10 Key Security Questions to Help Determine the Most Secure Platform

1. How well does it protect sensitive data?
Mainframe computers provide for complete protection of all data from unauthorized reading and writing. If you want a measurable standard of how good the security of a given computer is, you probably want to know how it scores on the Common Criteria, a set of standards supported by the International Standards Organization (ISO). They specify seven levels of security from Evaluation Assurance Level (EAL)-1 up to EAL-7. A computer system is granted an EAL certification only after rigorous independent testing. Levels EAL-1 to EAL-4 apply to commercial installations. Levels EAL-5 and higher are much more formal and are granted only after certification by the National Security Agency (NSA).
Mainframe computers with z/OS system software have been certified at EAL-4+. Mainframes with VM system software have been certified at EAL-3+. With Linux system software, mainframes have been certified at EAL-4+.
Mainframe computers are usually kept behind locked doors in a secure data center. This physical security provides a “secure zone,” and within that zone, the mainframe security software permits only authorized users to access data. Outside the security of the data center, access to data is restricted by means of encryption. Whether the data is sent over a network or shipped on a tape cartridge, encryption can prevent unauthorized data access. You’ve probably read f companies whose computer tapes containing sensitive data were stolen off delivery trucks. In cases where the data on the tapes had been encrypted, the loss was minimal.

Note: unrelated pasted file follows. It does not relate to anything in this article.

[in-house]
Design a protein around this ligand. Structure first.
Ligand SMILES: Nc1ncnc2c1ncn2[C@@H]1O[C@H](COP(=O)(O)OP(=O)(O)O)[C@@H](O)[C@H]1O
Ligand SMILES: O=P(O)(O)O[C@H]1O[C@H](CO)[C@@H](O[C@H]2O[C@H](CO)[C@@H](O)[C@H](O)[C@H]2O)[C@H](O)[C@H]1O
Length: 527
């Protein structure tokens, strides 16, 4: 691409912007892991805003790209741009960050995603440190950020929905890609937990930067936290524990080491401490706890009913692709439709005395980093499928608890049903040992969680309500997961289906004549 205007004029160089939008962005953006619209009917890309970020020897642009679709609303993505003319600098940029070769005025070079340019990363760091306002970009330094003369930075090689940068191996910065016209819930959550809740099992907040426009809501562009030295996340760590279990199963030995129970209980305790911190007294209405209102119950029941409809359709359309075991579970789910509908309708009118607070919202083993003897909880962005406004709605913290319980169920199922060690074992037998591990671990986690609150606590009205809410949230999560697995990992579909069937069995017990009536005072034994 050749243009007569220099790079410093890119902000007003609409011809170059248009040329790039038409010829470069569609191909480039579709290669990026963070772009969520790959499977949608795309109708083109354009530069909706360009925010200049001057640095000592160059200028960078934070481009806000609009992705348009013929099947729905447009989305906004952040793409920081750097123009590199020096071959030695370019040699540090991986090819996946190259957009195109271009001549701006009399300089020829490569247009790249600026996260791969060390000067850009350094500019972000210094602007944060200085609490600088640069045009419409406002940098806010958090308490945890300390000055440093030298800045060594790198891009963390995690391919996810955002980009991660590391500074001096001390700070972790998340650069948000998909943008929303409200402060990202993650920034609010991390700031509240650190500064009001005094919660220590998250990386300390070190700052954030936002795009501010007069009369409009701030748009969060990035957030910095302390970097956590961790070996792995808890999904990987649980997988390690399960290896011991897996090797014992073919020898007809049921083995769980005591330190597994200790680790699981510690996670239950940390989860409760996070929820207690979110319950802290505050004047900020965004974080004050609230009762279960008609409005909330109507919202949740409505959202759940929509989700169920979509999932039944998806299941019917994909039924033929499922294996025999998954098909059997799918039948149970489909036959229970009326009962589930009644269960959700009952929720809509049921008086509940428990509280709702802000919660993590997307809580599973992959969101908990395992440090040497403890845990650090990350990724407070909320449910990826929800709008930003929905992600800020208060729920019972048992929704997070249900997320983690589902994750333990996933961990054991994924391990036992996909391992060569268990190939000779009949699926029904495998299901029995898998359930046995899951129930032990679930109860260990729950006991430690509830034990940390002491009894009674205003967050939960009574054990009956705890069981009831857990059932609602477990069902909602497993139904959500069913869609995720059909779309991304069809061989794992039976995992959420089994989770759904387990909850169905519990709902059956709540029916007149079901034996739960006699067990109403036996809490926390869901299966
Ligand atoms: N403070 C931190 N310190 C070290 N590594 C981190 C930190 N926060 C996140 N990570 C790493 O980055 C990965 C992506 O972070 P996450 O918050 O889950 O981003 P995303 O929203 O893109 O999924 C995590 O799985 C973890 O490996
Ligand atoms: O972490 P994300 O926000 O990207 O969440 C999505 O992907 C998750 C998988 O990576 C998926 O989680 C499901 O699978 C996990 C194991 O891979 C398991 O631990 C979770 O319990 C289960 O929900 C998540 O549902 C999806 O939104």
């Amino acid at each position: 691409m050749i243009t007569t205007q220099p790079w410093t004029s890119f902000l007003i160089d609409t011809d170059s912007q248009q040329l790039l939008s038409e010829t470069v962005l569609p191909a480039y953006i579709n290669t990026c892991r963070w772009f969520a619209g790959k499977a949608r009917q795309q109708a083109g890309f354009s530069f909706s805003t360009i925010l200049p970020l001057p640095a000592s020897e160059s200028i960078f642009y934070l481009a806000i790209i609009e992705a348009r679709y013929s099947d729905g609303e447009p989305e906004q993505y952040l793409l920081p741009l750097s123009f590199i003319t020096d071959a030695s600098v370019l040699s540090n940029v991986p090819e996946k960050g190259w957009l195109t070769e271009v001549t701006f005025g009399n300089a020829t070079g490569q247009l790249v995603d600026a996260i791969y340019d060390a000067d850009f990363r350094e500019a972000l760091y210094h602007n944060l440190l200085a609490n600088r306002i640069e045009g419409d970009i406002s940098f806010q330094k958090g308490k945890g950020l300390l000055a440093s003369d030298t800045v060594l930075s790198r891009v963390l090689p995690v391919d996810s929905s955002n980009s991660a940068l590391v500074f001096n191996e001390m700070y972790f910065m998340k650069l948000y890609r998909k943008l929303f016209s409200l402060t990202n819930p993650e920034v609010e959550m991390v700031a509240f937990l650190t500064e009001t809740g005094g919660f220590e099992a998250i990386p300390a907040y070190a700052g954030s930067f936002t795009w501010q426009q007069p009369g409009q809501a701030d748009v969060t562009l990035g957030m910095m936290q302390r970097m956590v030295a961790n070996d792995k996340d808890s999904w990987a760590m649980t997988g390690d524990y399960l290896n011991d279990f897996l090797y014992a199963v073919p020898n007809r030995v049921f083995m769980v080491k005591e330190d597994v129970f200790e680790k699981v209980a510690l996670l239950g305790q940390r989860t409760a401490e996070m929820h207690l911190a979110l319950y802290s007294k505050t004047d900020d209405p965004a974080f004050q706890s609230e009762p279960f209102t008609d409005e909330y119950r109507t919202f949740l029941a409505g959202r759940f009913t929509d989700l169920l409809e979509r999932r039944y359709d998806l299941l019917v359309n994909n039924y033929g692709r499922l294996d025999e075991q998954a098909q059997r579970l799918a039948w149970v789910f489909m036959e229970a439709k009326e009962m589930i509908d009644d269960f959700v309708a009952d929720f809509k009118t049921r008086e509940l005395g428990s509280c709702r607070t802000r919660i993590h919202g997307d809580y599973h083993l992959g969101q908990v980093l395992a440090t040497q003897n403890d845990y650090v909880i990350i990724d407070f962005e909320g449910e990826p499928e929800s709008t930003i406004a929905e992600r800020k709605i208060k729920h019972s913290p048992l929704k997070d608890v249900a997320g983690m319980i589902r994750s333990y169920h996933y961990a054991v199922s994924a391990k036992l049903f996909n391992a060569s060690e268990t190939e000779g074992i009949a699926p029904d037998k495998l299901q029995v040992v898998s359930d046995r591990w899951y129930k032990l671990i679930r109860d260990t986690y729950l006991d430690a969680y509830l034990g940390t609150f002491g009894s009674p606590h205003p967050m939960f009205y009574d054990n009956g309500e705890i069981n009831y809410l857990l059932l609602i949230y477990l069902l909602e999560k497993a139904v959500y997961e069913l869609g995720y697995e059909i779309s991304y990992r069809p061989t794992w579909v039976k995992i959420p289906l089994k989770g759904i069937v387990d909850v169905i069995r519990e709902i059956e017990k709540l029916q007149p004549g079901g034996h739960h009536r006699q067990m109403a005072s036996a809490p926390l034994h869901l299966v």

Mainframe computer security provides several additional access control functions not commonly found on other types of computers. These include verification of tape access by means of tape labels, access control over printouts before they’re printed, and automated obliteration of data when disk data sets are erased.
Because of its large size and standardized processes, the mainframe can be said to offer more functions and more comprehensive protection of computerized data than most computing platforms.
Windows computers have received a Common Criteria rating of EAL-4+, the same as mainframes with the z/OS operating system. Unix computer ratings vary with the brand of Unix, but mainframes with Linux also have been rated EAL-4+.
Mainframes can provide more security functions than Windows or Unix, such as the tape and printout protection previously described, because of their greater processing power. Unlike mainframes, Windows and Unix systems aren’t always housed in locked data centers with strong physical security.
For any computer system you’re considering, ask how it ranks on the Common Criteria, which provides a consistent, independent evaluation of a given computer’s security. Also, ensure that your staff encrypts all sensitive data leaving your data center.

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